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The impact of parental depressive problems on children’s depressive symptoms has been widely studied. The stress-buffering hypothesis states that social support acts as a protective factor between the impacts of stress from negative life events on physical and psychological health. The current study examined the stress-buffering hypothesis in terms of the relationship between parental depressive problems and emerging adult depressive problems.
Participants included 708 emerging adults who reported on their parents’ and their own depressive problems as measured by the Adult Behavior Checklist and Adult Self Report, respectively. Participants also reported their perceived social support using a modified version of the Multidimensional Scale of Perceived Social Support, received social support using the Inventory of Socially Supportive Behavior, and negative life events using the Risky Behavior and Stressful Events Scale.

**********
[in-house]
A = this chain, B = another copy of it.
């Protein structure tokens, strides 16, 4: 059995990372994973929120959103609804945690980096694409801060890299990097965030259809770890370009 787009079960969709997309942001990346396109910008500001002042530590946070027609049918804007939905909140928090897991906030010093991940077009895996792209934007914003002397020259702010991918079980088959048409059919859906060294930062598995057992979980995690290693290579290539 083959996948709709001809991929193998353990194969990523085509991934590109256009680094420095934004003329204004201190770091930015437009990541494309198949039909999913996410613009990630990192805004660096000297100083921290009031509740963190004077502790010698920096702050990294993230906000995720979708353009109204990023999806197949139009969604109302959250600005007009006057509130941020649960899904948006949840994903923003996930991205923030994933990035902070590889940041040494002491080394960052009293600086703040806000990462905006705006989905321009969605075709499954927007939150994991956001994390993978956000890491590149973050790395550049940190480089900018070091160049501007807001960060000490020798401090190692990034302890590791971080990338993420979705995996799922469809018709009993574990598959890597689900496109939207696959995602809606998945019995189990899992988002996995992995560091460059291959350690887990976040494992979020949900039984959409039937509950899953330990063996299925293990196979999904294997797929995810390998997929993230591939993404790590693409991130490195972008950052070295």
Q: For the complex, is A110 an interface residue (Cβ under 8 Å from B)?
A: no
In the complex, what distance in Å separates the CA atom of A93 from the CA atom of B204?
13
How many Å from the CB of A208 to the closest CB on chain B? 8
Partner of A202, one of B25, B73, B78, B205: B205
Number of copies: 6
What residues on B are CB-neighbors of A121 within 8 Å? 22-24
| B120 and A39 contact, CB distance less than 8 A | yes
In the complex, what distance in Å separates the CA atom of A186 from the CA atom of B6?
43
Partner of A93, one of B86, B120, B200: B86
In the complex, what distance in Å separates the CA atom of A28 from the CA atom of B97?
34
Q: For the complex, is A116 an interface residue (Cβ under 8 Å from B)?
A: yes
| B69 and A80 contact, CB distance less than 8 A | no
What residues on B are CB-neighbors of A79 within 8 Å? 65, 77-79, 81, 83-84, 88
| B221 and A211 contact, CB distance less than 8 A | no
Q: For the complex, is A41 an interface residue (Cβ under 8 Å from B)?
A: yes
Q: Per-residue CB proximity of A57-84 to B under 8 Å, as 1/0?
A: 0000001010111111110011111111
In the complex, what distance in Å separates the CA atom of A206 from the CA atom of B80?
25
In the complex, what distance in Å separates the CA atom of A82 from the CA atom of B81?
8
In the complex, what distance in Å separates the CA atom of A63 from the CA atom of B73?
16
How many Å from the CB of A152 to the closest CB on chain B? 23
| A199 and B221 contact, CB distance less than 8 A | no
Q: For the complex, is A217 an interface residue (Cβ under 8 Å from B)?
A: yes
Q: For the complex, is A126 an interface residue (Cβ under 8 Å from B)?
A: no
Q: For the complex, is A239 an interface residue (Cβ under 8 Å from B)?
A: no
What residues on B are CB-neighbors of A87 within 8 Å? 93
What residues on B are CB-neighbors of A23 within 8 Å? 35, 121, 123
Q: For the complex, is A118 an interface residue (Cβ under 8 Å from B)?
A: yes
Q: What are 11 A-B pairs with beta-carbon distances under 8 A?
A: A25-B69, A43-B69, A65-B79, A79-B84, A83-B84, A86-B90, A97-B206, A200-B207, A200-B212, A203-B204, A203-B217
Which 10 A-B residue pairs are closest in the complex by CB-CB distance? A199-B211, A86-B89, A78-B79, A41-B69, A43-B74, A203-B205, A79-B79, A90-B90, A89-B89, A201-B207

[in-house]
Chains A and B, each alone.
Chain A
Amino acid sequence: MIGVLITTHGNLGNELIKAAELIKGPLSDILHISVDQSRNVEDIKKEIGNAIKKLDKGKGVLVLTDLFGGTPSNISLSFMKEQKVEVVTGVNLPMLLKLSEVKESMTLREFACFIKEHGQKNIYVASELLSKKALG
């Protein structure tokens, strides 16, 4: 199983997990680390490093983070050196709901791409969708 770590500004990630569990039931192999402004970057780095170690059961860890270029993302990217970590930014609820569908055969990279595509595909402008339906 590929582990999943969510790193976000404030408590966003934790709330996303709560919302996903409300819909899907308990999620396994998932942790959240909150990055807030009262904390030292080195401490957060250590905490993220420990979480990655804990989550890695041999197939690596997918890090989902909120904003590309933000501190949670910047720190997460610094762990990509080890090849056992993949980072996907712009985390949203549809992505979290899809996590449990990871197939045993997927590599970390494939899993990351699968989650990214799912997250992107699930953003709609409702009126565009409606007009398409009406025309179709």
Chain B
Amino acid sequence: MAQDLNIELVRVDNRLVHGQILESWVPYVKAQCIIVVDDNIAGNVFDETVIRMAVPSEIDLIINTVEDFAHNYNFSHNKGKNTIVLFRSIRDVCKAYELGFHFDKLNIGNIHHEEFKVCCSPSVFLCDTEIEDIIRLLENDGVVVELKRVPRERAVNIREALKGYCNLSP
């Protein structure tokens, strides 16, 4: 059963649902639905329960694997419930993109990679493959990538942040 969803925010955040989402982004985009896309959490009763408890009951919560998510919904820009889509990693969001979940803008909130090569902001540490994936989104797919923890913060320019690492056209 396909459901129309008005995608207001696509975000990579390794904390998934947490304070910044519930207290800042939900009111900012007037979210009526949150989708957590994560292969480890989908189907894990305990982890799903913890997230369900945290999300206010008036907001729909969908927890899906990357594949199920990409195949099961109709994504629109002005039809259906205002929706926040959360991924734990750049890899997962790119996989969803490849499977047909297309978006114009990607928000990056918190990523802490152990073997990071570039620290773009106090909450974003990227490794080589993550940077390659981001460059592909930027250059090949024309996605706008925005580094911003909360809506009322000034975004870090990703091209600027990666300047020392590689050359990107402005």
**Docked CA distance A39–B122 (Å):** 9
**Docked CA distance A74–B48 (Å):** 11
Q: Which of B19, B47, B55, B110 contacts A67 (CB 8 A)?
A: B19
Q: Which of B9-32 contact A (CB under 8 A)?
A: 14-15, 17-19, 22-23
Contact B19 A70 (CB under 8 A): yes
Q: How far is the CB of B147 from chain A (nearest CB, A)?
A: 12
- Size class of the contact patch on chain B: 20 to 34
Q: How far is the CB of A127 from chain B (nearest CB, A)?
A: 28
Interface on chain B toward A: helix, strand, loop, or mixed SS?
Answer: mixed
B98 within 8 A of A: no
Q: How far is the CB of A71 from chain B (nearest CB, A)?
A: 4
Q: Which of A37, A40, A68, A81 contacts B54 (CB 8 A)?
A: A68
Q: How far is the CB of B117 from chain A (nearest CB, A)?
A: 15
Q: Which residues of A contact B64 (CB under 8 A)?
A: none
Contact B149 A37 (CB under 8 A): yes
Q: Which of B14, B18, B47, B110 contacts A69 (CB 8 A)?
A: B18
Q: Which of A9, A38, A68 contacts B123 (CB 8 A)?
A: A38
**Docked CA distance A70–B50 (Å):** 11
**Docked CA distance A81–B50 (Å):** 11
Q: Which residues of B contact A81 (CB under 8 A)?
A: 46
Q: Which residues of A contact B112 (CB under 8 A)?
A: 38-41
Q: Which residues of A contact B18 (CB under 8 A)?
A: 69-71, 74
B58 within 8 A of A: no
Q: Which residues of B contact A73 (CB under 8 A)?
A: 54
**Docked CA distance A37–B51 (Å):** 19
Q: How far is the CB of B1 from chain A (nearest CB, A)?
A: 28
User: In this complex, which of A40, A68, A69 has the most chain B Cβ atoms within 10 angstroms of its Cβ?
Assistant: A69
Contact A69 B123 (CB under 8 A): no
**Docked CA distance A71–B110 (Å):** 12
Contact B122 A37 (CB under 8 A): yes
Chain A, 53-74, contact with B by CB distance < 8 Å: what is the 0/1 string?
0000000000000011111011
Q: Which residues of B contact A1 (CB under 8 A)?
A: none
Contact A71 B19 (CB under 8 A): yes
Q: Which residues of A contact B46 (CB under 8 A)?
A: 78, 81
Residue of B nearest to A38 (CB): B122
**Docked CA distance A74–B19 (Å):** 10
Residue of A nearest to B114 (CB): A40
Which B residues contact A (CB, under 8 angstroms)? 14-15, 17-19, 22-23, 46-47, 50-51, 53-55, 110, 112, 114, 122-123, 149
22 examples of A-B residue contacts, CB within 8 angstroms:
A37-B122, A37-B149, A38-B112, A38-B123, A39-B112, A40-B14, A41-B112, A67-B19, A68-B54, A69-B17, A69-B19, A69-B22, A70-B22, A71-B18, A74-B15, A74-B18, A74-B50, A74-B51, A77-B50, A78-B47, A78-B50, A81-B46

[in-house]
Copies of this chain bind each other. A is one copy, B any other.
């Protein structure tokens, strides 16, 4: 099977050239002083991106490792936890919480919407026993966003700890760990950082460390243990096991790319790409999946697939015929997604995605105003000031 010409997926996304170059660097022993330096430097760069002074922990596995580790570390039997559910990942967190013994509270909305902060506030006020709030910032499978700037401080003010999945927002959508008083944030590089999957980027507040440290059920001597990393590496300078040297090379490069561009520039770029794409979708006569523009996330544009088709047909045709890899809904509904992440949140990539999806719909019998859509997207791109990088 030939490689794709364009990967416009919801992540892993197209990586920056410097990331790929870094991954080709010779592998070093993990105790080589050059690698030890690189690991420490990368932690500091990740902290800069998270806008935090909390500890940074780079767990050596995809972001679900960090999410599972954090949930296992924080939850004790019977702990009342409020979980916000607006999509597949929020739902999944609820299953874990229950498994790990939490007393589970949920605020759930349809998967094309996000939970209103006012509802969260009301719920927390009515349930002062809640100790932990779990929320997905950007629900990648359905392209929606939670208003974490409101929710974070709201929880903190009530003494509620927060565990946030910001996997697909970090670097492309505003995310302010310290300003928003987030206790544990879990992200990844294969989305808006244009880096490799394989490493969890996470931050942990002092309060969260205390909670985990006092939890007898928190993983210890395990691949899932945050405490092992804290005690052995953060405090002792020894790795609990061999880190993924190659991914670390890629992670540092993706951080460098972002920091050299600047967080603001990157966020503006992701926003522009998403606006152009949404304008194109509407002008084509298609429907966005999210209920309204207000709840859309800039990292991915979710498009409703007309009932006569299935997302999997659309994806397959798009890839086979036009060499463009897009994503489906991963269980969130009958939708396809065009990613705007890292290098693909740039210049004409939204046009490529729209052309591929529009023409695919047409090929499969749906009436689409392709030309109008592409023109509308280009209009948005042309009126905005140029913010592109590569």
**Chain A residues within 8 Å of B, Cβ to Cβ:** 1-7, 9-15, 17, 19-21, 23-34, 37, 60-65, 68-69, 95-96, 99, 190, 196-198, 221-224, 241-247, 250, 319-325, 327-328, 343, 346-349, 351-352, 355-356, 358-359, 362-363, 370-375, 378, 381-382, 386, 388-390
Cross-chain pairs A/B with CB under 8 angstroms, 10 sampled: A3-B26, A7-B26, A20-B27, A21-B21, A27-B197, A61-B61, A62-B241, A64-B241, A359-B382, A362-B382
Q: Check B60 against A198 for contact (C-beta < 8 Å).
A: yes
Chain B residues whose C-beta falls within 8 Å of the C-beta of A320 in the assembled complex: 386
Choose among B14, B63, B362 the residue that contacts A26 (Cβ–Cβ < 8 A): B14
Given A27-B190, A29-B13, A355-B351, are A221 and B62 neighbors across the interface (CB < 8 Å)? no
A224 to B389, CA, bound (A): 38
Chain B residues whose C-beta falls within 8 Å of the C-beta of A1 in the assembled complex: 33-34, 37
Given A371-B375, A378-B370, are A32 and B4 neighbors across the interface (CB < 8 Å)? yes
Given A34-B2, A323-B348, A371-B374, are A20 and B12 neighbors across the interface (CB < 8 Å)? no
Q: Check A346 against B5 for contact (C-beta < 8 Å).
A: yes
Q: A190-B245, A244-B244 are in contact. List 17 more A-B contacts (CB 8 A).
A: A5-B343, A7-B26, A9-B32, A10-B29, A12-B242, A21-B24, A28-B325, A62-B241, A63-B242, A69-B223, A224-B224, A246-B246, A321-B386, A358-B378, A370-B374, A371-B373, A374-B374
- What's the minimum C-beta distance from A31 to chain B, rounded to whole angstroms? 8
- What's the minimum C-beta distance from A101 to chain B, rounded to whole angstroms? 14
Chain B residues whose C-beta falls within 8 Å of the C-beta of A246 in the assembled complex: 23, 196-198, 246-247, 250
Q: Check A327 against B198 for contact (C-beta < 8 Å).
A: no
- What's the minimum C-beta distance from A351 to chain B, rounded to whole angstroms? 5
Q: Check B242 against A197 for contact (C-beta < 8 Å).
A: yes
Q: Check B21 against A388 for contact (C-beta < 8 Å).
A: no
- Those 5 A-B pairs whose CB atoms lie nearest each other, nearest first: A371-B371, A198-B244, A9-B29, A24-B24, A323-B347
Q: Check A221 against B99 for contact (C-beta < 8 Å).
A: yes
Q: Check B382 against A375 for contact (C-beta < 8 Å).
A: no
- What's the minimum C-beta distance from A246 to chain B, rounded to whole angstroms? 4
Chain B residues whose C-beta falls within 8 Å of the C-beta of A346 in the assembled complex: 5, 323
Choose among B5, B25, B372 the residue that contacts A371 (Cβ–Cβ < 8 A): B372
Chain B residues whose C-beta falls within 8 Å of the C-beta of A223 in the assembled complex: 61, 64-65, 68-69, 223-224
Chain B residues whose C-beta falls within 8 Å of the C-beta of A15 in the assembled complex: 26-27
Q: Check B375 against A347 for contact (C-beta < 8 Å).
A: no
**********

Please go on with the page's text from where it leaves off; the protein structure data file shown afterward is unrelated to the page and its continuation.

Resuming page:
Neither perceived nor received social support significantly moderated the aforementioned relationship. When parental depressive problems were added to the model, the three-way interaction among received social support, perceived stress, and paternal depressive problems on male depressive problems was significant (b = 0.22).
Perceptions of available support may be more important than received support when buffering between stress and depression. Likewise, parental depression may have a stronger influence on emerging adult outcomes over and beyond negative life events. Other significant pathways and models were discussed.
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- Stress-Buffering Effects of Social Support on Depressive Problems: Perceived vs. Received Support and Moderation by Parental Depression
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